by Dr. Sarah Treanor Bois
Director of Research & Education at the Linda Loring Nature Foundation
If you have read this column before, you know that I have a love-hate relationship with invasive plant species. I love to research and write about them and I hate to manage them. They are a conservationist’s nightmare.
Just a reminder that not all non-natives are an issue. The Nantucket Invasive Plant Species Committee defines an “invasive” as a non-native species that causes some kind of harm: human health, economic, or biological (usually a threat to biodiversity). It’s this last point, the harm part of the definition, which is sometimes sticky. I often get asked about beautiful invasive wildflowers, purple loosestrife for example, and am asked, “What possible harm could these pretty flowers cause?” A discussion generally follows about monocultures and the displacement of native species.
A more difficult argument to make is when a plant only fits the other part of the invasive definition; it may cause harm, but it’s actually a native species. Many of the plants that fall into this category are our native lianas. Lianas are woody vines that are rooted in the ground and use trees or other taller vegetation as a means of vertical support to reach the upper canopy. On Nantucket these include native grapes, Virginia creeper, greenbriers, and poison ivy, among others.
Lianas are often seen climbing, smothering, and sometimes girdling their host trees. The competition for light can be fierce and the one to the top gets the most light and, thus, a competitive advantage.
Being a liana is actually a very smart plant strategy. They can conserve resources that other plants allocate to structural development and devote those resources instead to growth and reproduction. Even Charles Darwin marveled at this strategy in his explorations of the Galapagos and other expeditions. The liana growth form is found in many plant families indicating that this climbing habit has evolved multiple times. There is, thus, a great diversity of liana species around the world. In North America, however, they are much less prevalent.
We actually have relatively few liana species in our flora; not just on Nantucket, but in North America in general. That is one hypothesis as to why many species that have become invasive in the United States are lianas from other parts of the world, namely southeast Asia and South America. Chocolate vine, Japanese honeysuckle, Oriental bittersweet, porcelain berry, and the infamous Kudzu vine are just a few representatives that are invasive on the Atlantic coast. These plants tend to occupy edge habitat, which is increasing with forest fragmentation.
It’s not all bad, though. Lianas provide habitats for many birds and other creatures. These woody vines are more common in tropical forest where they are favorite homes for monkeys, lemurs, and sloths where they provide shelter, food, and higher mobility. Some lianas can even support trees during strong winds. I wonder if we’ll ever see a monkey in Nantucket’s bountiful poison ivy along the edge of the State Forest.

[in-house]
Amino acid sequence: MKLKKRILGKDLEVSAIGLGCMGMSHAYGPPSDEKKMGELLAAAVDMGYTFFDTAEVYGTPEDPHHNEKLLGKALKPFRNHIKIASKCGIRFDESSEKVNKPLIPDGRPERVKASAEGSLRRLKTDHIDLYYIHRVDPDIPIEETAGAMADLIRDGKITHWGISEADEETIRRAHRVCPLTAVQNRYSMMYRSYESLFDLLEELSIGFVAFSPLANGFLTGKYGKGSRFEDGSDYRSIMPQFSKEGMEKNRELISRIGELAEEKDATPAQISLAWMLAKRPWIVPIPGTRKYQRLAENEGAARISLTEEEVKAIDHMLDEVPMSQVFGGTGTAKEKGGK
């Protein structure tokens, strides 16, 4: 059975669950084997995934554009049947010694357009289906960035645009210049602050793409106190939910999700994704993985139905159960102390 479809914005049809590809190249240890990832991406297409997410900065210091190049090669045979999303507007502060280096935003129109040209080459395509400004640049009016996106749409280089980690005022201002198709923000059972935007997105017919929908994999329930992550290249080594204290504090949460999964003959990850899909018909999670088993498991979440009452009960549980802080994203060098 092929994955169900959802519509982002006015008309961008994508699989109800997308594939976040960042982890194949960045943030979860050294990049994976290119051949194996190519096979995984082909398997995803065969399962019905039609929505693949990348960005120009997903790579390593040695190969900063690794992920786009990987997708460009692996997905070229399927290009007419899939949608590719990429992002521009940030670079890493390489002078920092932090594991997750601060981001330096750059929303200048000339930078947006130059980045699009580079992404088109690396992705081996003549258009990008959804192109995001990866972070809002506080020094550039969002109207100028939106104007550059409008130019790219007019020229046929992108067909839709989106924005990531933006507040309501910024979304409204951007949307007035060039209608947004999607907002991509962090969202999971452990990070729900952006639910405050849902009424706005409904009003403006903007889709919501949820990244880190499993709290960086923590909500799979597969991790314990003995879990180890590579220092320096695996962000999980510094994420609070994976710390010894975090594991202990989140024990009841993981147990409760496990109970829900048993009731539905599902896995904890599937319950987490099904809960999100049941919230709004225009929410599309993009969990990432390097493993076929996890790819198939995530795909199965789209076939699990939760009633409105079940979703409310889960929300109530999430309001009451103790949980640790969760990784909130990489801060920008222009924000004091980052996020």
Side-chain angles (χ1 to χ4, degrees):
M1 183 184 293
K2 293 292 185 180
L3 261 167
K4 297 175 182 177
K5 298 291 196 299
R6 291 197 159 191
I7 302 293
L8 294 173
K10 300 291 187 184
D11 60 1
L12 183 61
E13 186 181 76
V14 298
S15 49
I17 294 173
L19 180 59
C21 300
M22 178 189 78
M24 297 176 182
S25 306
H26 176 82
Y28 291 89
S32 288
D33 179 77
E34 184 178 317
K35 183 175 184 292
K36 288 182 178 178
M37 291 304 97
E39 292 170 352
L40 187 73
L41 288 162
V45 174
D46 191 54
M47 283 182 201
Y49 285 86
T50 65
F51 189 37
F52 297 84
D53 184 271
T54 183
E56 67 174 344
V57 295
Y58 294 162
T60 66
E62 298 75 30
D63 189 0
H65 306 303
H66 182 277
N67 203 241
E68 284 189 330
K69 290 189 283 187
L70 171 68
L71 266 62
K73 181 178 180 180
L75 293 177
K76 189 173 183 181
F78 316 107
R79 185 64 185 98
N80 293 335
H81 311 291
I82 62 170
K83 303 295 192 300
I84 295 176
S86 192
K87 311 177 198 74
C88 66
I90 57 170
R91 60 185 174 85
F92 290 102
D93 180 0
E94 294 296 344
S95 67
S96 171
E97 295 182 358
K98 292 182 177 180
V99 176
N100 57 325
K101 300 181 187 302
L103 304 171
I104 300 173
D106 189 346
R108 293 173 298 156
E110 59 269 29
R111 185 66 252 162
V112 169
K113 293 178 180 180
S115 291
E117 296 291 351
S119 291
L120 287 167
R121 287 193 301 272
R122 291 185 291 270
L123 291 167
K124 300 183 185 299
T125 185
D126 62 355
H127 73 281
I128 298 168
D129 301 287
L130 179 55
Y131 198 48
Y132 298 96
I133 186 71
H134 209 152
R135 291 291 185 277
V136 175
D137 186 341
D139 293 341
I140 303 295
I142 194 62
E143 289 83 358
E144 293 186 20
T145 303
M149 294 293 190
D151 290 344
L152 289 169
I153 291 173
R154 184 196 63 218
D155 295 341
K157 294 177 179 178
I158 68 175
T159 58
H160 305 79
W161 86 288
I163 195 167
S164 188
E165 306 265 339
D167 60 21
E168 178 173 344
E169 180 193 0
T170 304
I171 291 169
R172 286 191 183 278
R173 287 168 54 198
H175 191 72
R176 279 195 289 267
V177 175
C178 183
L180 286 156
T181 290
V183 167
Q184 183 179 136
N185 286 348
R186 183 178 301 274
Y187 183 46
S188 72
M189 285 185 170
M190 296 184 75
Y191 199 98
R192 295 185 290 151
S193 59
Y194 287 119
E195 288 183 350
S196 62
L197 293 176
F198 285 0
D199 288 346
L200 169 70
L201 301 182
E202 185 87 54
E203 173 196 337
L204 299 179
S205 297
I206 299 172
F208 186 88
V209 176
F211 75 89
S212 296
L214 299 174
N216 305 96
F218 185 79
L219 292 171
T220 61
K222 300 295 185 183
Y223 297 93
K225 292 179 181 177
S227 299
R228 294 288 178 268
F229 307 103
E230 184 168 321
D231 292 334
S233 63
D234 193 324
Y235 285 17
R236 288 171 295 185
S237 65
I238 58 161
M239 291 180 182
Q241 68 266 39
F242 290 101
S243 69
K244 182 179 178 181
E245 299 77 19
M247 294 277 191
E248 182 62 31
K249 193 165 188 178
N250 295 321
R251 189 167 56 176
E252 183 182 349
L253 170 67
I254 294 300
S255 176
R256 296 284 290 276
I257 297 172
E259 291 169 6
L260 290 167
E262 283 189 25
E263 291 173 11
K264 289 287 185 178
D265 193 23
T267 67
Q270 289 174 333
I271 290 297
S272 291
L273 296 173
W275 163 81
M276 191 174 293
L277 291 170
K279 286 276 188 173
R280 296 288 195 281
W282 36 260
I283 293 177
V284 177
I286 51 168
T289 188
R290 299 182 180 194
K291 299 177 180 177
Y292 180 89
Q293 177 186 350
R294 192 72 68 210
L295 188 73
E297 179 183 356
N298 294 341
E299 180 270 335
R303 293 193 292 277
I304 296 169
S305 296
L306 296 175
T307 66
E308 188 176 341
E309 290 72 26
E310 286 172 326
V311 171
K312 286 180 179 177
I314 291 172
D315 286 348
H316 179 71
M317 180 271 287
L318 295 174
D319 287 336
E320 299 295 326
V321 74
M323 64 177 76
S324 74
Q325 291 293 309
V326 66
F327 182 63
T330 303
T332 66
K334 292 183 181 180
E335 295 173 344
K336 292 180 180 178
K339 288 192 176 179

Poison ivy is the native liana that I am most often asked about. There are, of course, obvious human health effects with this one. Many people, 85% in fact, are allergic to the oil urushiol produced by the poison ivy plant. As much as I generally dislike poison ivy, it is a native species and has redeeming ecological qualities.
Only humans are allergic: other animals are immune to poison ivy. Fruits are plentiful from now through fall and are a boon to migratory birds beginning their journey as well as for other wildlife.
Native greenbrier and cat brier can produce a thicket of thorny vines, a menace to any garden bed. This same thicket can provide protection for small mammals from larger predators.
Unlike some invasive vines, native species have evolved to be part of the environment of Nantucket. As such, they are part of the biological community benefiting from some species and being consumed by others.
For greenbrier, the leaves are consumed by deer and other herbivores. The fruits are a good source of food during the winter, and the nectar from the greenbrier flowers is even consumed by invertebrates like butterflies. Contrast that with some non-native species which may produce edible fruit, but have toxic foliage.
When pants are brought into a new geographic area, they often escape their herbivores and pathogens that kept them in check in their home range. So while our native vines can sometimes cause annoyances, their overall contributions to the ecosystem as a native species make them an essential part of Nantucket biodiversity.
However you feel about lianas, native or otherwise, be prepared for more. Recent research has shown that lianas of many species are responding to the elevated carbon dioxide levels that we’re seeing with global climate change. Some lianas can grow more abundantly and in new areas as temperatures warm. Poison ivy has been shown to grow bigger and produce more urushiol with increased carbon dioxide. Keep this in mind as we enjoy some of the only fall foliage Nantucket has to offer when poison ivy and Virginia creeper turn scarlet-red this fall.